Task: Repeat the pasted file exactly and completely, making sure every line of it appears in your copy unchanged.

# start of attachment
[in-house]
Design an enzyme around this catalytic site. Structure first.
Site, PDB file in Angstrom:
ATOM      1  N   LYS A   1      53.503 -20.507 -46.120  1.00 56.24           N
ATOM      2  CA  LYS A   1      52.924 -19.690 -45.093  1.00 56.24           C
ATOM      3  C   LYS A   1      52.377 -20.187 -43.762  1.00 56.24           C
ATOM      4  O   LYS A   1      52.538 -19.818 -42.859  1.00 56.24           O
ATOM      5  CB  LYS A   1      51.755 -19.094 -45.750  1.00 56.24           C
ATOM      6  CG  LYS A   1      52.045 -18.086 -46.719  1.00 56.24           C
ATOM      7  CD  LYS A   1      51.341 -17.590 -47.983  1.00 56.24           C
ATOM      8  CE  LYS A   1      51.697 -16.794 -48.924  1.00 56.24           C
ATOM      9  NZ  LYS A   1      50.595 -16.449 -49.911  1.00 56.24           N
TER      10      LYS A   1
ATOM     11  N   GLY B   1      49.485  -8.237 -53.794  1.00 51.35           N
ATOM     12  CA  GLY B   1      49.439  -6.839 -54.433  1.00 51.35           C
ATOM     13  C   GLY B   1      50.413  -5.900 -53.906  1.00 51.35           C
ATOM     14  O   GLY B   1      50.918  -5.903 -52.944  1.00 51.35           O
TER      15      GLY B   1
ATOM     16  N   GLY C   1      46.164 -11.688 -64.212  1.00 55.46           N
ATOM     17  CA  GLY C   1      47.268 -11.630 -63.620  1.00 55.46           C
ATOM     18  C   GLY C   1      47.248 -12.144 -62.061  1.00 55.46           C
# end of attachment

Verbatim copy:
[in-house]
Design an enzyme around this catalytic site. Structure first.
Site, PDB file in Angstrom:
ATOM      1  N   LYS A   1      53.503 -20.507 -46.120  1.00 56.24           N
ATOM      2  CA  LYS A   1      52.924 -19.690 -45.093  1.00 56.24           C
ATOM      3  C   LYS A   1      52.377 -20.187 -43.762  1.00 56.24           C
ATOM      4  O   LYS A   1      52.538 -19.818 -42.859  1.00 56.24           O
ATOM      5  CB  LYS A   1      51.755 -19.094 -45.750  1.00 56.24           C
ATOM      6  CG  LYS A   1      52.045 -18.086 -46.719  1.00 56.24           C
ATOM      7  CD  LYS A   1      51.341 -17.590 -47.983  1.00 56.24           C
ATOM      8  CE  LYS A   1      51.697 -16.794 -48.924  1.00 56.24           C
ATOM      9  NZ  LYS A   1      50.595 -16.449 -49.911  1.00 56.24           N
TER      10      LYS A   1
ATOM     11  N   GLY B   1      49.485  -8.237 -53.794  1.00 51.35           N
ATOM     12  CA  GLY B   1      49.439  -6.839 -54.433  1.00 51.35           C
ATOM     13  C   GLY B   1      50.413  -5.900 -53.906  1.00 51.35           C
ATOM     14  O   GLY B   1      50.918  -5.903 -52.944  1.00 51.35           O
TER      15      GLY B   1
ATOM     16  N   GLY C   1      46.164 -11.688 -64.212  1.00 55.46           N
ATOM     17  CA  GLY C   1      47.268 -11.630 -63.620  1.00 55.46           C
ATOM     18  C   GLY C   1      47.248 -12.144 -62.061  1.00 55.46           C